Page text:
American Football: NFL Wild Card Weekend Preview

Arizona’s Dominique Rodgers-Cromartie, who is of Haitian decent, has emerged as one of the league’s top cornerbacks. He earned his first invitation to the Pro Bowl this season. (Otto Greule Jr./Getty Images)

Arizona’s Dominique Rodgers-Cromartie, who is of Haitian decent, has emerged as one of the league’s top cornerbacks. He earned his first invitation to the Pro Bowl this season. (Otto Greule Jr./Getty Images)

By Dave Carey for Infosurhoy—08/01/2010



Kickoff: Jan. 10, 4:40 PM EST, in Glendale, Ariz.

To the winner: A game against No. 1 New Orleans Saints (13-3) or No. 2 Minnesota Vikings (12-4) in the divisional round next week.

Players with Latin American ties: Arizona: Cornerback Dominique Rodgers-Cromartie, of Haitian decent, is one of the league’s top young players at his position, as he finished the regular season with 50 tackles and six interceptions en route to making the Pro Bowl. Green Bay: Safety Atari Bigby, born in Kingston, Jamaica, finished the regular season with 49 tackles and four interceptions and emerged as one of the most consistent players on one of the league’s top defenses.

What you need to know: Arizona: The Cardinals’ offense isn’t as explosive as you’d think with Pro Bowl-caliber receivers Larry Fitzgerald and Anquan Boldin, the latter of whom is reeling from a knee injury. The two-time defending NFC West Division champions averaged 23.4 points and 344.4 yards per game – solid numbers, but both outside the top 10 in the league in each category during the regular season. “It’s a crazy game sometimes,” Arizona quarterback Kurt Warner told the Associated Press. “It’s like anything in life. You get to a point and you think, 'OK, maybe now we're there.' And then you find out you're not quite there yet.”

Green Bay: The Packers, who earned the top wild card, have the league’s second-best defense and defeated the Cardinals, 33-7, last week in a game that was meaningless because both teams already had qualified for the playoffs. Green Bay, in its first year under defensive coordinator Dom Capers, is allowing just 18.6 points and 284.4 yards per game. “You watch what they do, you watch how they approach things, you look at players, you see them up close and personal, and you understand you have your work cut out for you,” Warner told the Associated Press.

Keep an eye on: Arizona: Fitzgerald. One of the game’s best receivers took the postseason by storm last year, averaging 136.5 yards per game and scoring seven touchdowns to lead his team to the Super Bowl. But this fall, he saw his production drop by 400 yards even though he caught a career-high 13 touchdown passes.

Green Bay: Ryan Grant. The running back emerged as the season progressed, as he finished seventh in the league during the regular season with 1,253 yards and 11 touchdowns. But in the past three games, he’s rushed for 185 yards and four touchdowns on just 35 carries. If Grant finds running room, the balance he brings to the offense is tremendous.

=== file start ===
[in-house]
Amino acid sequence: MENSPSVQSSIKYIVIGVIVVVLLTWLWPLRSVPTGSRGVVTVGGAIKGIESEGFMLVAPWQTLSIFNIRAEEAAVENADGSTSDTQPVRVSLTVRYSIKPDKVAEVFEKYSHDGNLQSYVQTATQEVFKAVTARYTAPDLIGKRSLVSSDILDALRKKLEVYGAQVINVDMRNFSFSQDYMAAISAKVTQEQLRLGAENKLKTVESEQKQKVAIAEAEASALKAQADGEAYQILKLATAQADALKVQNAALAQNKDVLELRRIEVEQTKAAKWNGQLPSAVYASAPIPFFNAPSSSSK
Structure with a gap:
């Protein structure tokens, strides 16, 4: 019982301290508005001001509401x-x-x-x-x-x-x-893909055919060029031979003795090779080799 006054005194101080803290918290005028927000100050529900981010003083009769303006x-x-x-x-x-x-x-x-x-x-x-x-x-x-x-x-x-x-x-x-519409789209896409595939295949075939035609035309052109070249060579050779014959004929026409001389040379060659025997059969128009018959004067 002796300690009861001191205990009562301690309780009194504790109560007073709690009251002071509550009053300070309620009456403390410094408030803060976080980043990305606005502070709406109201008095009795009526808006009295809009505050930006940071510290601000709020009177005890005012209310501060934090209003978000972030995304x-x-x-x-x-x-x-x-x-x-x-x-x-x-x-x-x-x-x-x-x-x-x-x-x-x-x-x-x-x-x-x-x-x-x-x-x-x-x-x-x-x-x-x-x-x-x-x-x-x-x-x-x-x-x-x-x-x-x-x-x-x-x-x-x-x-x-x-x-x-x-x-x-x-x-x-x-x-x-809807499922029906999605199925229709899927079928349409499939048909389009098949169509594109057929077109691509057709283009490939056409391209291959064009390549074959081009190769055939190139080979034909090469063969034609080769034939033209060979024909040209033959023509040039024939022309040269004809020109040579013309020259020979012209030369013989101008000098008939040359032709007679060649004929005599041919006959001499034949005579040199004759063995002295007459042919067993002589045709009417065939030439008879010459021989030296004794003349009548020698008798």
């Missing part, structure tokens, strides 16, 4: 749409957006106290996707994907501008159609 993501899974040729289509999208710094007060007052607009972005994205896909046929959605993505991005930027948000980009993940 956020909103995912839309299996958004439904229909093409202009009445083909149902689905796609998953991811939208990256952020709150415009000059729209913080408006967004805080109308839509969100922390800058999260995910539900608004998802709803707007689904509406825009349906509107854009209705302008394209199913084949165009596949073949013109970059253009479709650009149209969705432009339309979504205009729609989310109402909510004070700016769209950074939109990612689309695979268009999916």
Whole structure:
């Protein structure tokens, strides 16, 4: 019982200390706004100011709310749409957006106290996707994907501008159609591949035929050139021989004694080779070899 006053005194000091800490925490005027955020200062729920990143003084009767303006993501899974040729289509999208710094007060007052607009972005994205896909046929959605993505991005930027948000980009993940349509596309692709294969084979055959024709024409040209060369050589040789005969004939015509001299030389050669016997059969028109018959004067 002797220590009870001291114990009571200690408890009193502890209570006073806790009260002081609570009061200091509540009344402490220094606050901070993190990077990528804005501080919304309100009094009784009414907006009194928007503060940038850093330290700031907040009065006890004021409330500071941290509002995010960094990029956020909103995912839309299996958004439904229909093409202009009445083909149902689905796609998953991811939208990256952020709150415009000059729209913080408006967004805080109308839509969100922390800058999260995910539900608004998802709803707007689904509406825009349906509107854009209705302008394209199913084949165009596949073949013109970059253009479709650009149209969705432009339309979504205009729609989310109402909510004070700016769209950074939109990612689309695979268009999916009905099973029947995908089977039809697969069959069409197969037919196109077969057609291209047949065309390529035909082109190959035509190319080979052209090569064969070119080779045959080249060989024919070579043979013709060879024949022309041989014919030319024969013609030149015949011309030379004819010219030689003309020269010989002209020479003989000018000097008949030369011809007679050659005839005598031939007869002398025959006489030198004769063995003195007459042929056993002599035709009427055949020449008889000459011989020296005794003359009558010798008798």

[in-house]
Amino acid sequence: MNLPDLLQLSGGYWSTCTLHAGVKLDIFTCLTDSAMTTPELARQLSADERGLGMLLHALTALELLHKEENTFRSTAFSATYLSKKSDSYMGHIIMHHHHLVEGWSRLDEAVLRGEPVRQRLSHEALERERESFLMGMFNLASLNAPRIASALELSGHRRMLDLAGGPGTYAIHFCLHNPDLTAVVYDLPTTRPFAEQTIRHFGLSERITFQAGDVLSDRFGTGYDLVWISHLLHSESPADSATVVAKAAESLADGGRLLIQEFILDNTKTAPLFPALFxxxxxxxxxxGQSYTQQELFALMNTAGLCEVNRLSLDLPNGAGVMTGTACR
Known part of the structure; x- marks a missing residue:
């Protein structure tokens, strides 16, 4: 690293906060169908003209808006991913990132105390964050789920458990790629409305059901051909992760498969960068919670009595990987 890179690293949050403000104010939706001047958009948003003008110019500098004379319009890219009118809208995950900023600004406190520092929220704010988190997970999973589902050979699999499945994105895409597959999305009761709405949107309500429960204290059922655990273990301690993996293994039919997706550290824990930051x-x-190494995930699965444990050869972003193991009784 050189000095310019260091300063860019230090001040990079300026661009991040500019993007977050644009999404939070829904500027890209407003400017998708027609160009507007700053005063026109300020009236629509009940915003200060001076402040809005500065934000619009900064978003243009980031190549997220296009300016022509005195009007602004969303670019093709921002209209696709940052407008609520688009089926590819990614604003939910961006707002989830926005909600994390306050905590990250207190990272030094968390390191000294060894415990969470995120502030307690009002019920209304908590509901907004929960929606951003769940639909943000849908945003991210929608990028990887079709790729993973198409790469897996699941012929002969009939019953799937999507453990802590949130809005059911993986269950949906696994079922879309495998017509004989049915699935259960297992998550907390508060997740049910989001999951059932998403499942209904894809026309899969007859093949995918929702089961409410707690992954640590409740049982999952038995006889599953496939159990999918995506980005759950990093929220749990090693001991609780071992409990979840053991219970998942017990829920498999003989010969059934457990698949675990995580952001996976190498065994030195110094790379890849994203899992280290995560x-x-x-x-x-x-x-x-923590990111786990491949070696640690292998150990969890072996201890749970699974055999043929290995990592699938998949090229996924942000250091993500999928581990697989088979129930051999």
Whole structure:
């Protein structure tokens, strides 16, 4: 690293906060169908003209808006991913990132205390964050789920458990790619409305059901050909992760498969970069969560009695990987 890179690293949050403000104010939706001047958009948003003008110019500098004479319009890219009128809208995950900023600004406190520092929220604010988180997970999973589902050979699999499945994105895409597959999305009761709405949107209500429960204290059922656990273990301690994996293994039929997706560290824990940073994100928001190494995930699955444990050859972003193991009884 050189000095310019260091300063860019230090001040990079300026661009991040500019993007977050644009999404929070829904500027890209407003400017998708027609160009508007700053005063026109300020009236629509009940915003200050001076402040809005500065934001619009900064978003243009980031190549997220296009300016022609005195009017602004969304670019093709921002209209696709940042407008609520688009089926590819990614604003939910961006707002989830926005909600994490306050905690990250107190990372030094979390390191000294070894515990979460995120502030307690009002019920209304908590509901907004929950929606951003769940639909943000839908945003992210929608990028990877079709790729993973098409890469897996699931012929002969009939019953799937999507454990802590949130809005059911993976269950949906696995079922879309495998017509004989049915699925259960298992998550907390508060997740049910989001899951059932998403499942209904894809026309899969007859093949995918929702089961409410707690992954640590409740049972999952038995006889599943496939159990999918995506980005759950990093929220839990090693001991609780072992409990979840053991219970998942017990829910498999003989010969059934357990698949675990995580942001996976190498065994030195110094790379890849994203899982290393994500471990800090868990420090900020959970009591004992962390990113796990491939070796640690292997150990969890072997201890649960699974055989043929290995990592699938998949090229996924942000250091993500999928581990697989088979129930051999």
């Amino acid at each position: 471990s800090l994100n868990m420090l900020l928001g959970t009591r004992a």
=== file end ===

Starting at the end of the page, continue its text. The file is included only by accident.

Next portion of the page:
The game likely comes down to: Arizona finding offensive rhythm. The unit mustered a meager seven points last week and has struggled to find consistency throughout the regular season. The Cardinals have scored fewer than 10 points twice in the past four games. Green Bay’s defense is great and should do just enough to end the defending NFC champions’ season.


Kickoff: Jan. 9, 8 PM EST, in Arlington, Texas

To the winner: A game against No. 1 New Orleans Saints (13-3) or No. 2 Minnesota Vikings (12-4) in the divisional round next week.

Players with Latin American ties: Philadelphia: Max Jean-Gilles, who was born in Haiti, was inserted into the starting lineup at right guard last month after the team moved several players to compensate for an injury to starting center Jamaal Jackson. Cowboys: None.

What you need to know: Philadelphia: The Eagles, who earned the second – and final – wild card, shine in the postseason. Since Andy Reid took over as coach in 1999, the team has made the playoffs seven times, advancing to the NFC Championship five times and never failing to win its opening game of the postseason.

Dallas: 1996. That’s the last time the Cowboys, the NFC East Division champions, won a postseason game. During that stretch, only the Bengals, Browns and Lions have failed to win a playoff game. Oh, yeah, Coach Wade Phillips also is 0-4 all-time in the postseason.

Keep an eye on: Philadelphia: Brian Westbrook. The versatile running back entered the season regarded as one of the league’s top players. But several injuries and a concussion sidelined the star for stretches during the regular season, limiting him to just 455 yards of offense and two touchdowns. “I think it's important for me to get some opportunities in the game,” Westbrook told PhiladelphiaEagles.com. “Hopefully, I can help out here and there, whatever situations coach gives me. We still need to be able to run the ball and catch the ball with everybody as well.”

Dallas: Tony Romo. The quarterback, a third-generation Mexican-American, is known for his postseason blunders and 0-2 record as a starter. Romo has thrown for just 390 yards and completed just 53.8% of his passes in those losses. “This ballclub has done a good job of putting its best foot forward when it has to,” Romo told the Associated Press. “We haven't arrived and we haven’t accomplished anything. This is a step in the process to continue to get to where we want to go.”

The game likely comes down to: The Cowboys are just better. Dallas won both regular season meetings against the Eagles this year, including a 24-0 victory to clinch their second division title in three years last week. Nineteen times in NFL history a team has had a chance to beat another three times in a season – 12 times it closed the deal.